Hong Kong businesses caught in crossfire of protest crisis, as new phone apps make politics part of shopping

Kanis Leung

Hong Kong businesses have been caught in a political crossfire as both protesters and government supporters take the fight to local companies that fail to see the current crisis the way they do.

The trend of linking businesses to alleged political affiliations has escalated online.

Users of LIHKG – a Reddit-like online platform that has become a virtual main stage for the protest movement – have developed two mobile phone applications that identify the political positions of stores, restaurants and products.

On another online forum, users listed businesses that appeared to be supporting protesters, with the named companies ranging from eateries to media outlets.

Protesters on Lockhart Road in Causeway Bay on August 4 after a rally at Belcher Bay Park in Kennedy Town. Photo: Sam Tsang

Divisive views have dragged businesses into the political crisis since the turmoil began two months ago. Shop owners and entrepreneurs are constantly at risk of offending locals, mainlanders or even Taiwanese – and the city suffered a 6.7 per cent drop in retail sales in June.

Yifang Taiwan Fruit Tea was pulled into the fracas after pictures circulated online of its Hong Kong branch closed during the citywide strike on August 5. The images generated criticism on Weibo, the mainland’s most popular social media network.

The tea brand’s mainland distributor scambled to address the complaints by putting out a statement on its official Weibo account to “oppose the violent strike”. The company said it was determined to safeguard the “one country, two systems” principle.

But that statement in turn shocked consumers in Hong Kong and Taiwan, prompting the local company to explain that it actually had no Weibo account.

WhatsGap is a new mobile phone application that gather online information – including alleged political views – on local restaurants. Photo: Handout

The company said: “The Hong Kong general distributor respects the individual political positions of the various branches, and strongly believes that Hong Kong is an inclusive, free and open place.”

President Tsai Ing-wen of Taiwan weighed in on Tuesday, saying “natural fruit teas are certainly the best out of all of them, but they don’t taste good if they are flavoured with politics”.

The Hong Kong brand manager for the tea, who only gave her surname as Cheung, said the misunderstanding had hurt business and her boss was a victim of doxxing, which involves the posting of private data of a person or their family online.

“The incident over the Weibo statement affected business even more. It really depends on the political opinions of different customers, which have an impact on consumer choices,” she said.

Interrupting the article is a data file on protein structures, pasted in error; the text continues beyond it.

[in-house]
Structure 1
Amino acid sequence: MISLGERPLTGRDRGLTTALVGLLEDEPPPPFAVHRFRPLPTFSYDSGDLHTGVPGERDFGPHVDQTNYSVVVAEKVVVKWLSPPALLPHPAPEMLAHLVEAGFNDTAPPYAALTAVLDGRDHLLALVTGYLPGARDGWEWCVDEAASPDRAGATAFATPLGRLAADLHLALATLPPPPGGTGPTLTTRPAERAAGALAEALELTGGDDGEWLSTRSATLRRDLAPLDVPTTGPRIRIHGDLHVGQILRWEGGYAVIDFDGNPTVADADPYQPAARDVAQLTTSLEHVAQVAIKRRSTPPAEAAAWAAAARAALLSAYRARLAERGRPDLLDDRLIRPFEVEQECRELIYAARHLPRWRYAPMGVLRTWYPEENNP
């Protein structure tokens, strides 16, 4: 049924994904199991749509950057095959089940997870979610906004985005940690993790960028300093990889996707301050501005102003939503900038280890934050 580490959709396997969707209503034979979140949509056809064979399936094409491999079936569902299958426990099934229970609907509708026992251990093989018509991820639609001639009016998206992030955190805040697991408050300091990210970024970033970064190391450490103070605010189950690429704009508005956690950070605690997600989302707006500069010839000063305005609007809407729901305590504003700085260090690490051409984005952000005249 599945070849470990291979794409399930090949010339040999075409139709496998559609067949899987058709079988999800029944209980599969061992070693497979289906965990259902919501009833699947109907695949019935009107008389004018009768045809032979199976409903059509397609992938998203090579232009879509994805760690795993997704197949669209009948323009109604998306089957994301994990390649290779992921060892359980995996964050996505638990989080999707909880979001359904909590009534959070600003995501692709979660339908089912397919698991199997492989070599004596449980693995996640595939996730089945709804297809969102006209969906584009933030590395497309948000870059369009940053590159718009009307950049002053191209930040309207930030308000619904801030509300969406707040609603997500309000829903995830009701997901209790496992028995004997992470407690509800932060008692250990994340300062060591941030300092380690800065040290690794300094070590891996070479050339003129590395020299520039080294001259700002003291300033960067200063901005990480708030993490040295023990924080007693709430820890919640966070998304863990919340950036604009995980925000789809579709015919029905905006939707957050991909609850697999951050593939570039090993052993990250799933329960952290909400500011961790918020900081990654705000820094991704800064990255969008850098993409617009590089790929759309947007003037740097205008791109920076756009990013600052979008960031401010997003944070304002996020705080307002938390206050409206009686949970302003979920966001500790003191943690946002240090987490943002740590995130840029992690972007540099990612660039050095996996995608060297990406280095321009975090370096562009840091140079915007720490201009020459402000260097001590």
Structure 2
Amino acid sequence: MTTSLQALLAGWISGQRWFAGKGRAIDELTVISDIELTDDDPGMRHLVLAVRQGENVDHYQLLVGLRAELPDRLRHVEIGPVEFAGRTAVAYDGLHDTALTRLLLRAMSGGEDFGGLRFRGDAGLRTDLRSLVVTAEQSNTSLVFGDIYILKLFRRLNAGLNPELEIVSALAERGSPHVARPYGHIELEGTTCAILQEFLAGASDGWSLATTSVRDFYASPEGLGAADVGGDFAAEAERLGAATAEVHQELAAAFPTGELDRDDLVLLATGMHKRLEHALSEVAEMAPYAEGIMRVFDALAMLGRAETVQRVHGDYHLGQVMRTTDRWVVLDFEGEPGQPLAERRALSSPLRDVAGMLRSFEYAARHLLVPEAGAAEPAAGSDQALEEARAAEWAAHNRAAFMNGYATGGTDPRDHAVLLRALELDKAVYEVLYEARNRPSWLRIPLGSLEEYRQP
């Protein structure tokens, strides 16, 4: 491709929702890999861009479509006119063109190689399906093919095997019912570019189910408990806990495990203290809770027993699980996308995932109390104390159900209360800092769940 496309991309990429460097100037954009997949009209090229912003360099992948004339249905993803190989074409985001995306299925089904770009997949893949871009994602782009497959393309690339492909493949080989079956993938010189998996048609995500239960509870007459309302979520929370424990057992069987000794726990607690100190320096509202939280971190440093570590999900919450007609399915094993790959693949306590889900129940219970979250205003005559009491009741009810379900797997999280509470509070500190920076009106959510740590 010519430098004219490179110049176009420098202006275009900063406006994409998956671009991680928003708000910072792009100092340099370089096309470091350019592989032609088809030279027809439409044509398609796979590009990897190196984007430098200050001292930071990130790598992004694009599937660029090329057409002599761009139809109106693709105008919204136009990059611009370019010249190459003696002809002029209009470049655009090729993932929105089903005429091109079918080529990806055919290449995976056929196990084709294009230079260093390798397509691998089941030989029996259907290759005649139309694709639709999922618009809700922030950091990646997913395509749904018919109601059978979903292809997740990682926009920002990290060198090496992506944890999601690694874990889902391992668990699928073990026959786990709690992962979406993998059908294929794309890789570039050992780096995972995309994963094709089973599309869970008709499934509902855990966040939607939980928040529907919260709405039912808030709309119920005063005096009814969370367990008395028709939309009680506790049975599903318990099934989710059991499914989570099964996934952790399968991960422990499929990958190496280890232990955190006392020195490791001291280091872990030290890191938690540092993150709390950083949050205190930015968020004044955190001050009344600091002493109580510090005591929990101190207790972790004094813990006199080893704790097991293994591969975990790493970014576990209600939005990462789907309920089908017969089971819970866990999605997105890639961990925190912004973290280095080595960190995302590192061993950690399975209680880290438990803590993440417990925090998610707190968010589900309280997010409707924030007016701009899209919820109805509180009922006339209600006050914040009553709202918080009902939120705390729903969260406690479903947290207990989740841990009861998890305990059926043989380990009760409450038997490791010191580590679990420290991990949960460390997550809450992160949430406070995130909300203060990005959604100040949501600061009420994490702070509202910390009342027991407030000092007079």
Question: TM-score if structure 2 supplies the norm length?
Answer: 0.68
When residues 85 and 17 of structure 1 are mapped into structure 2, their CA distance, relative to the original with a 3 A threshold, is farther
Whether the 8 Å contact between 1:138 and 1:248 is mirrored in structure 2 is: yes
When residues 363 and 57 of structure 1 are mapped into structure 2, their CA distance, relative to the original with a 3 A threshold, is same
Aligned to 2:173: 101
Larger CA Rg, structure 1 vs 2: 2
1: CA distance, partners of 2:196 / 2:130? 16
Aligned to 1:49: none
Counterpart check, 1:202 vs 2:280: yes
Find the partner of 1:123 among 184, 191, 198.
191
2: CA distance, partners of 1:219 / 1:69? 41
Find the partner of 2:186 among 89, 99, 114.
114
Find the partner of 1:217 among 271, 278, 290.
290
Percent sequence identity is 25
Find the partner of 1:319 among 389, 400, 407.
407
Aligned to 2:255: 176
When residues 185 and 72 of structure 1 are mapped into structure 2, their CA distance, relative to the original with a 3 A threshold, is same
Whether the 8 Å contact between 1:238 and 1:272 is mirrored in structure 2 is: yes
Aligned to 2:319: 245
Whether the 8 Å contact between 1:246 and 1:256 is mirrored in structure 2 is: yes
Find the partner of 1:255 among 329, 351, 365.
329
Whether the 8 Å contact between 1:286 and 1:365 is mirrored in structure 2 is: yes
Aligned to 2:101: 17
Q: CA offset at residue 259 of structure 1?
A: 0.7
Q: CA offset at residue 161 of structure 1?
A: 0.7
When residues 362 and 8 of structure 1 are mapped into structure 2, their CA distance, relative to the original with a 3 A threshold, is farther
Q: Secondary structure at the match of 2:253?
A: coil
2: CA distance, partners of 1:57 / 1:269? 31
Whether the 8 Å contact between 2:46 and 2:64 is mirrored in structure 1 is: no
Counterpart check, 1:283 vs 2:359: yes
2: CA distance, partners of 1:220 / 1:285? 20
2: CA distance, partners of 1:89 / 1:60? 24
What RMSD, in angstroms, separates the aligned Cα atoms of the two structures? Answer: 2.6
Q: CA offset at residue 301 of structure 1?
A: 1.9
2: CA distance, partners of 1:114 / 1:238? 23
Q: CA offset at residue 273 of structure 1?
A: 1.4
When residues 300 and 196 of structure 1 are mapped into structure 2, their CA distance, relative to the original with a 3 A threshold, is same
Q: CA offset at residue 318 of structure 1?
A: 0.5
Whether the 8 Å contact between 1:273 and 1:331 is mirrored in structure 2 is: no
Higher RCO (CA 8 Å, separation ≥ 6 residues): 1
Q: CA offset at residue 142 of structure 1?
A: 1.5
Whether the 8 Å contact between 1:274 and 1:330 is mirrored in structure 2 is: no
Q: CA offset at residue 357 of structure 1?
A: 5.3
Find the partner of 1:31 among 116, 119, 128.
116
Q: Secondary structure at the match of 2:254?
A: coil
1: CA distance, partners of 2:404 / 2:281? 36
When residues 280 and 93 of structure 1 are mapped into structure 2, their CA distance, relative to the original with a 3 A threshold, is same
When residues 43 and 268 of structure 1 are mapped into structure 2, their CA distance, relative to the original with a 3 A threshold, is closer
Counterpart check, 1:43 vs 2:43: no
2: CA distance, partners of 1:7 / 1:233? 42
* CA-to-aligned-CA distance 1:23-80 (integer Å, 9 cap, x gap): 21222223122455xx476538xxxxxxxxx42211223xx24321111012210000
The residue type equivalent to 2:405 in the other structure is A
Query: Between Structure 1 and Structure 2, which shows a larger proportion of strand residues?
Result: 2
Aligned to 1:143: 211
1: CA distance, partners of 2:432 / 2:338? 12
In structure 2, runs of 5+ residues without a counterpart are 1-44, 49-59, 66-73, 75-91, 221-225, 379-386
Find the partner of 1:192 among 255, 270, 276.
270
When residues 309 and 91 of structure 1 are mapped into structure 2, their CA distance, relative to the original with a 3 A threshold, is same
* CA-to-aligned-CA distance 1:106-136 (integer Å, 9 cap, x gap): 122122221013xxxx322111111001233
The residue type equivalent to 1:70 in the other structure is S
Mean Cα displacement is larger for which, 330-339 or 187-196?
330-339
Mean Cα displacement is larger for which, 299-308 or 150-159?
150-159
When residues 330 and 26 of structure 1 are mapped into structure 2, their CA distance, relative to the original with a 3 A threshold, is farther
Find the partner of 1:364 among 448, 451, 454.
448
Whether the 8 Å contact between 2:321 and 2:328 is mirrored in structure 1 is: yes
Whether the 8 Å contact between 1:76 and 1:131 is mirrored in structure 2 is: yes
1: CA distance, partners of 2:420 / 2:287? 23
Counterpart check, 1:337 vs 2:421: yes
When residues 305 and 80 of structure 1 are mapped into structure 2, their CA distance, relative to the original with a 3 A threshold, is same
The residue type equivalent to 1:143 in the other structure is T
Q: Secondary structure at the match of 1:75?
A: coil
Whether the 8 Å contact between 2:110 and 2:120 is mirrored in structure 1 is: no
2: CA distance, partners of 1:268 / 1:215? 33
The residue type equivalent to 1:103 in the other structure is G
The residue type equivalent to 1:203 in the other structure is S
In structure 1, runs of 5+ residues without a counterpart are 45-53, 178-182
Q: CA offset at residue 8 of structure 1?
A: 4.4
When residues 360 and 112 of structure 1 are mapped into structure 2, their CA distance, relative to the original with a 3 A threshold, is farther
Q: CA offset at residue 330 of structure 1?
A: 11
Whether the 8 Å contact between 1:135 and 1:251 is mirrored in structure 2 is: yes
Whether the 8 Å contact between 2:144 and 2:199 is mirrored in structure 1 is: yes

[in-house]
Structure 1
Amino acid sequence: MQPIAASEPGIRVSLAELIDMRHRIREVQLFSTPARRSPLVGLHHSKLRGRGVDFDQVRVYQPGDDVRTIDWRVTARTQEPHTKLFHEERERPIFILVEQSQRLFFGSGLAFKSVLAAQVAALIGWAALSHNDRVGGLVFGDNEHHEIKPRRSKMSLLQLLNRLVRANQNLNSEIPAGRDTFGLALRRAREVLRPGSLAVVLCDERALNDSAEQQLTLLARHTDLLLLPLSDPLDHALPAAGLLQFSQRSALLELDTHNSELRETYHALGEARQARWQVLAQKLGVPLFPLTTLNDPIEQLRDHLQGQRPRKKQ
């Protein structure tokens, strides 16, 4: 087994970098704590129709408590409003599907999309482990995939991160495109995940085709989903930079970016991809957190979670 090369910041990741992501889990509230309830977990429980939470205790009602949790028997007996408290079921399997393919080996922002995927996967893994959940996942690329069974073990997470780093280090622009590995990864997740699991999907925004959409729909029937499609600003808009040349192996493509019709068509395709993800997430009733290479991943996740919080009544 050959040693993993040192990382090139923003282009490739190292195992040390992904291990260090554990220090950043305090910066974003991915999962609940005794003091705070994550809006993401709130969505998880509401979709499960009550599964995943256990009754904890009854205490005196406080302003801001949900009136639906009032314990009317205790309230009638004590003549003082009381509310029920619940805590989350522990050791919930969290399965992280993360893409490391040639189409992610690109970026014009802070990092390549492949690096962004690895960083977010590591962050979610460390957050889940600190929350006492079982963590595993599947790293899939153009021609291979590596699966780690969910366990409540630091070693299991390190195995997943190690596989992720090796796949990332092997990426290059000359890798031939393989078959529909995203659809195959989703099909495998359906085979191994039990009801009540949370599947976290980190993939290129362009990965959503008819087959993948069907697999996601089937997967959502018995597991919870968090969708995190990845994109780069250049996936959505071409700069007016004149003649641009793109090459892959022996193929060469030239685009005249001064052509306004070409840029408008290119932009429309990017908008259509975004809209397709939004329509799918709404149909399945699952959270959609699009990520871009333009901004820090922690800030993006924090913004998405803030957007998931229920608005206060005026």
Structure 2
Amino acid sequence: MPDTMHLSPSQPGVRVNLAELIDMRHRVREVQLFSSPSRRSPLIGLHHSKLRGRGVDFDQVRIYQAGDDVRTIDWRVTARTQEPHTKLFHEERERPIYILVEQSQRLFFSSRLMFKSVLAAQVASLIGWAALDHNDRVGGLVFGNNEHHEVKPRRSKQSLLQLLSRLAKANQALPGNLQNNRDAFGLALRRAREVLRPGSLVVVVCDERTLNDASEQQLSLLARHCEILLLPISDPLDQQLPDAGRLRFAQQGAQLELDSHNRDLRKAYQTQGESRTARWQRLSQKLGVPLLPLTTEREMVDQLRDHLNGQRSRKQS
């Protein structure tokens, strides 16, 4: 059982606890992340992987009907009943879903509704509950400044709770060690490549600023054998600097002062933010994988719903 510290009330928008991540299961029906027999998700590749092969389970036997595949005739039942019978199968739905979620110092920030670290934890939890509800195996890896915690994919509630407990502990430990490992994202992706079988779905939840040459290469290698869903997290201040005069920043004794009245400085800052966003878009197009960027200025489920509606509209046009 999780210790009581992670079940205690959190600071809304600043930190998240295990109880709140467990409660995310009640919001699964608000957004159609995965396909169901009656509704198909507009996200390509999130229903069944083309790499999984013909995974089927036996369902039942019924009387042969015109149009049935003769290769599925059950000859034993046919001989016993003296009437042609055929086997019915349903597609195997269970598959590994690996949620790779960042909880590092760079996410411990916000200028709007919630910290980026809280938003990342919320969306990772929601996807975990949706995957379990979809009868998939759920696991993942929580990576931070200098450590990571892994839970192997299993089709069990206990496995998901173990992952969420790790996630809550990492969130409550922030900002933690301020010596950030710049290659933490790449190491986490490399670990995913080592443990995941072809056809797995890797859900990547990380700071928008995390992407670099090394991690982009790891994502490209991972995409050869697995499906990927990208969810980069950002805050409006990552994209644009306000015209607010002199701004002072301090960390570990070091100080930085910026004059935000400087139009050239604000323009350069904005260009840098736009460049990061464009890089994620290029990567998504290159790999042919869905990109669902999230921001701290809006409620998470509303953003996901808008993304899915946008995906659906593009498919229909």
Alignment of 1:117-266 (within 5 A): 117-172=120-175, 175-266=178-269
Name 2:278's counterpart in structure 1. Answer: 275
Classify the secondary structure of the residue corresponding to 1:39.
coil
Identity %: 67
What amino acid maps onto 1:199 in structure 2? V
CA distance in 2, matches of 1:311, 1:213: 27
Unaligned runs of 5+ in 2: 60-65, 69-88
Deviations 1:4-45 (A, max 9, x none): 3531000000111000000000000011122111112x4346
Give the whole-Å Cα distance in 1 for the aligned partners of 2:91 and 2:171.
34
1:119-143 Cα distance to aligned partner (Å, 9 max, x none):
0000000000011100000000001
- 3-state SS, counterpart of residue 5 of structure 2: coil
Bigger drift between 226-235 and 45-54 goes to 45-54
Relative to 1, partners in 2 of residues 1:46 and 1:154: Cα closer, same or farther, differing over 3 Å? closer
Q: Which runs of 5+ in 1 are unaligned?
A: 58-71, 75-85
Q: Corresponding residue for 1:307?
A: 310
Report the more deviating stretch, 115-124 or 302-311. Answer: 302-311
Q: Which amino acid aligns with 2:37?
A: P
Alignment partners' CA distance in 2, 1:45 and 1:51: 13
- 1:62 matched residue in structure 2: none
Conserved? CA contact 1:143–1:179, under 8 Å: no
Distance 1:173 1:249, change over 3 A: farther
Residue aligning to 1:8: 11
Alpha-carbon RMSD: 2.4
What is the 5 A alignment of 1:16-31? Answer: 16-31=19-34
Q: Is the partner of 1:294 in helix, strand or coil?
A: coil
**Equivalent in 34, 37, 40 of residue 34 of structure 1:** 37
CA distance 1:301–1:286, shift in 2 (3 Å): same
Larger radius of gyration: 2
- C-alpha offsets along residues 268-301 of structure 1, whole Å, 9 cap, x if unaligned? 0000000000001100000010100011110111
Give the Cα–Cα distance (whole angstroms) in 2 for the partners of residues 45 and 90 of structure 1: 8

Despite its efforts to shake off the scandal, Yifang Hong Kong has been listed as one of hundreds of businesses highlighted on “WhatsGap”, a new mobile application that gathers online data about restaurants. When users click on the location pin of a business, details are provided an why customers should pay attention to the shop’s alleged politics. Consumers must determine on their own if the information is credible.

When users click on a Yifang branch, for example, it brings up part of the Weibo statement and a rebuttal made by a local worker who said the boss fully supported her decision to join the strike.

The application has been installed on more than 5,000 devices, with reviews such as “useful and practical guide for living in Hong Kong!” and “best app to choose your restaurants”.

An application soon to be launched is “Freedom Filter” aims to help consumers decide whether a business is “yellow” or “blue” – the colours representing the pro-democracy and pro-establishment camps in local protests.

Yifang Taiwan Fruit Tea, a Taiwanese tea shop in Causeway Bay. The brand has been in hot water after a video linking it to protesters went viral. Photo: Dickson Lee

Andy Kwan Cheuk-chiu, director of ACE Centre for Business and Economic Research, said labelling companies based on their alleged politics might hurt businesses with very overt political opinions — but that tactic would not hurt Hong Kong’s overall retail sales figures.

“It gives a sense that [the city] is increasingly drifting apart, which is not a good thing,” he said. “But I don’t think it will succeed. LIHKG users underestimate human behaviour.”

Wharf Real Estate Investment Company became cautious after developer Sun Hung Kai Properties faced backlash for allegedly mishandling clashes between protesters and police at one of its shopping centres.

Wharf Real Estate posted notices at its malls urging police not to enter unless a crime had taken place. The move prompted protesters to call off their planned disruption at Harbour City in Tsim Sha Tsui on August 8.

A notice said to have been posted at a local hospital this week went viral after protesters appreciated the message that local police could not enjoy discounted prices in the staff canteen. Cafe de Coral Group, the food chain that manages the canteen, told local media that the notice was not made by its staff and was not posted at the eatery.

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